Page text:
While the British Music Embassy at the annual South by Southwest (SXSW) in Austin has consistently featured UK artists supported by systems with key components from manufacturers based in their homeland, this year’s event was marked by a different audio approach.
Latitude 30, the venue that’s been home to the showcase for seven years, provides tight quarters for a live music experience, with a total capacity of about 250 topped by a low ceiling. The previous tactic of utilizing line arrays as mains was less than optimum, so promoter Cato Music of London sought a different approach and contacted Scotland-based Tannoy, seeking a more compact, point-source oriented solution.
“We needed to provide coverage and adequate SPL for the venue, but without taking up the whole room,” notes Colin Studybaker, TC Group tour sales manager. “We also didn’t want to bring additional equipment and cabling that would require more set-up time.”
A New Thing
Studybaker and Josh Evans, Lab.gruppen technical sales manager (tour division), were onsite to work hands-on with front of house engineer Fabrizio Piazzini and monitor engineer Chris Kmiec over the 6-day run at SXSW. The team rode herd over efficient systems headed up by Tannoy VQ Series loudspeakers for the house and Tannoy VX stage monitors, both driven by Lab.gruppen amplification.
Just two VQ60 loudspeakers (60-degree horizontal dispersion), flown at the stage in a split parallel left/right configuration, were needed to cover the entire room, which is wider than it is deep.
The 3-way loudspeakers delivered plenty of coherent full-range output for the application, with a design that effectively combines the company’s unique Dual Concentric coaxial driver approach with a proprietary PSW (Point Source Waveguide) that aligns the acoustical centers of the transducers to produce a single coherent wavefront. Low-frequency energy is supplied by dual 12-inch woofers, and for this project, this was further bolstered by three low-profile Tannoy VS 218DR (dual-18-inch) subwoofers distributed horizontally on the deck.
Over his 15 years as freelance mix engineer, Piazzini has done FOH for acts such as Kula Shaker, Patrick Wolf, Calvin Harris and Amy MacDonald, among others. “It’s been a while since I’ve mixed a club gig, and Tannoy was quite a new thing to me,” he says. “I owned some of their studio monitors and always liked them, and Tannoy has always been very good at what they do. But these speakers (VQ Series) were a revelation.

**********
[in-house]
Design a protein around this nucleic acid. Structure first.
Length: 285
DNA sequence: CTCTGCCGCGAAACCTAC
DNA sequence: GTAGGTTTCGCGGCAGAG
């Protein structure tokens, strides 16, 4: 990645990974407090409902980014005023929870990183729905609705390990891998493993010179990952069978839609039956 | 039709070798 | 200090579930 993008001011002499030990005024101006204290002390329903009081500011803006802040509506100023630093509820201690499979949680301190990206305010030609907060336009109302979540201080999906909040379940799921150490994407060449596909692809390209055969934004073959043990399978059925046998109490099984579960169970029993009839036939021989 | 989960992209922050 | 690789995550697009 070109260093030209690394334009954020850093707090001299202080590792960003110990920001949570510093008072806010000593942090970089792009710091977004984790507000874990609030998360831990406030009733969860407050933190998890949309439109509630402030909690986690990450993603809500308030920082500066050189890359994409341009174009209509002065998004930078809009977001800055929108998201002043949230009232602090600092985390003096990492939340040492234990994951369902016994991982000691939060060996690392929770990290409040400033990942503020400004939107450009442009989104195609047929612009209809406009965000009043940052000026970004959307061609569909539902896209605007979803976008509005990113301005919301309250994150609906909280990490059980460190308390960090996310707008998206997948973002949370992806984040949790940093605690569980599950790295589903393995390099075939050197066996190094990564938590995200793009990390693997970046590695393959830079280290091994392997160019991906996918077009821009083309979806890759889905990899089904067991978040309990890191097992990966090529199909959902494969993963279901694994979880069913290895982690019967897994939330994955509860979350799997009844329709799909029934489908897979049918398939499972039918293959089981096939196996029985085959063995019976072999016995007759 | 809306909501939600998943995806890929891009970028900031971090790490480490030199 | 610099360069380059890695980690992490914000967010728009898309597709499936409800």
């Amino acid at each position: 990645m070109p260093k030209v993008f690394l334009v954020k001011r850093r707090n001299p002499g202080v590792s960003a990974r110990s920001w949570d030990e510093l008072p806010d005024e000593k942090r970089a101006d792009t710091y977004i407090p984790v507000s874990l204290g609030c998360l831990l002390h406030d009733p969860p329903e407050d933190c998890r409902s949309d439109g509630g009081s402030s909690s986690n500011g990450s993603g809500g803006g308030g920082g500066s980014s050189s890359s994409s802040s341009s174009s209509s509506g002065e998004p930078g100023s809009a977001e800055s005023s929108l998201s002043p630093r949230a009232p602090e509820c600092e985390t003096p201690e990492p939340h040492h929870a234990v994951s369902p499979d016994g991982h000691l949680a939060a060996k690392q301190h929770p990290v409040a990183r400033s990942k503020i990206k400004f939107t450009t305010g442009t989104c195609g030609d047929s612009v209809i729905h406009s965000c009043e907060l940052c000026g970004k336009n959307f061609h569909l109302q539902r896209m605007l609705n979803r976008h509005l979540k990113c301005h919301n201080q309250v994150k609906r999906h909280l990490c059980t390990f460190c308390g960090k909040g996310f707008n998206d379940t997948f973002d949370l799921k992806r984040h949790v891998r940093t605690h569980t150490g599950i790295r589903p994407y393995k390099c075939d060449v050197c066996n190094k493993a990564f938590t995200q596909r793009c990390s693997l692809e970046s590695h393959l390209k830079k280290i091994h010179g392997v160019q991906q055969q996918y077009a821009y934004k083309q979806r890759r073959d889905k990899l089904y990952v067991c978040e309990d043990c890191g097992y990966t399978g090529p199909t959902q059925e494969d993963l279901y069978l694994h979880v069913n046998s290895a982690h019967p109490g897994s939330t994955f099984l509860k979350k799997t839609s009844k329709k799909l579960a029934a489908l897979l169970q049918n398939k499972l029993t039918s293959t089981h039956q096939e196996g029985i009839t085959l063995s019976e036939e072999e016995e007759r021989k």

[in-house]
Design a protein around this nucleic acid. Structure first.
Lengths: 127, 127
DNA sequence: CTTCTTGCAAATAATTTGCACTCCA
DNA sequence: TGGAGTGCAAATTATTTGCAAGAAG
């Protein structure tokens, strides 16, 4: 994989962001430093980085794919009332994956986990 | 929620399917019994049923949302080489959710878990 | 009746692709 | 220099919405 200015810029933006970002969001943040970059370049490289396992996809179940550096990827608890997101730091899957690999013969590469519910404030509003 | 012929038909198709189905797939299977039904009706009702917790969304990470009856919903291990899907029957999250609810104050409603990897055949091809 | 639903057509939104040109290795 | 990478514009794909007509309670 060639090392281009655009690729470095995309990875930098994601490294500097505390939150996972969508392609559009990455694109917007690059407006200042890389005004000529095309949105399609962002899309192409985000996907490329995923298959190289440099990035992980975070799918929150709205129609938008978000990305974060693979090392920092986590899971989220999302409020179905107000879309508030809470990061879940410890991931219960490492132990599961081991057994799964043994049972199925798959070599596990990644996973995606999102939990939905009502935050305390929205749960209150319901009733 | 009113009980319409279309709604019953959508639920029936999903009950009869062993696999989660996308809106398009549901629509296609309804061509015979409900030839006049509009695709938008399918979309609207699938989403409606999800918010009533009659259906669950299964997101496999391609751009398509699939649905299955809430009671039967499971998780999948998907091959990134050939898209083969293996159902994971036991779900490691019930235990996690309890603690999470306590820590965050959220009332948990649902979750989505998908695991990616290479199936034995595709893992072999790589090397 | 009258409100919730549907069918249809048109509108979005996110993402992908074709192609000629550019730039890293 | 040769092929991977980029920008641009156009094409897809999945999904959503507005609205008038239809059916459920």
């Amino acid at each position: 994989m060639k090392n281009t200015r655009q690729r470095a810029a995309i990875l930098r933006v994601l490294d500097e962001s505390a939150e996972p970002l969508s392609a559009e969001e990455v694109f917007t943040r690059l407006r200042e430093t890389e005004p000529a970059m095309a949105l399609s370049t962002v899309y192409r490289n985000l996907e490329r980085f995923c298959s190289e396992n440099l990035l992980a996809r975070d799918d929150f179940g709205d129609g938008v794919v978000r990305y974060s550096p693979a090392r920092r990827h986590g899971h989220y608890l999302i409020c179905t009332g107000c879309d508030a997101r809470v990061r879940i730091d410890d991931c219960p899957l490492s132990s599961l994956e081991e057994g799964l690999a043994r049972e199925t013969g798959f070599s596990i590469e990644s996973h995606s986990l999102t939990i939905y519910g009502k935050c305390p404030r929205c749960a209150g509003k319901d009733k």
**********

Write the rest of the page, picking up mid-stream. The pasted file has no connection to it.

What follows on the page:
“Point-source loudspeakers are not dead, and in this application, were really nice – smooth, not harsh at all, and when you walked out of the beam, it sounded natural,” he continues. “You could feel it when you weren’t in the beam, but there was still coherence, so when you walked into the venue it was a very smooth transition from the entrance to the middle where it really hit you.”
Both the mains and subs were powered by two Lab.gruppen 4-channel PLM 20000Q amplifier/controllers with Lake digital processing, sharing just a single rack at the stage with five 1RU Lab.gruppen IPD 2400 amplifiers for the monitors.
The efficiency of the amplifiers was key in avoiding any undue strain on the venue’s electrical infrastructure. In fact, the PLM amplifiers include breaker emulation limiters that limit current draw to protect the venue’s circuit breakers.
“We wanted as much power as we could get with as little current draw as possible,” Studybaker notes. “We chose the IPD 2400s based on the amount of house (AC) power available. That was a big thing because there’s no generator and we had roughly 40 amps total to tie into.”
“I mix bass heavy and like heavy mixes,” Piazzini says. “We peaked a couple of times – where we drew about 80 percent – but I never felt like the power draw was limiting me.” Adds Kmiec: “This was the first year I’ve been involved where we didn’t trip the venue power at any point.”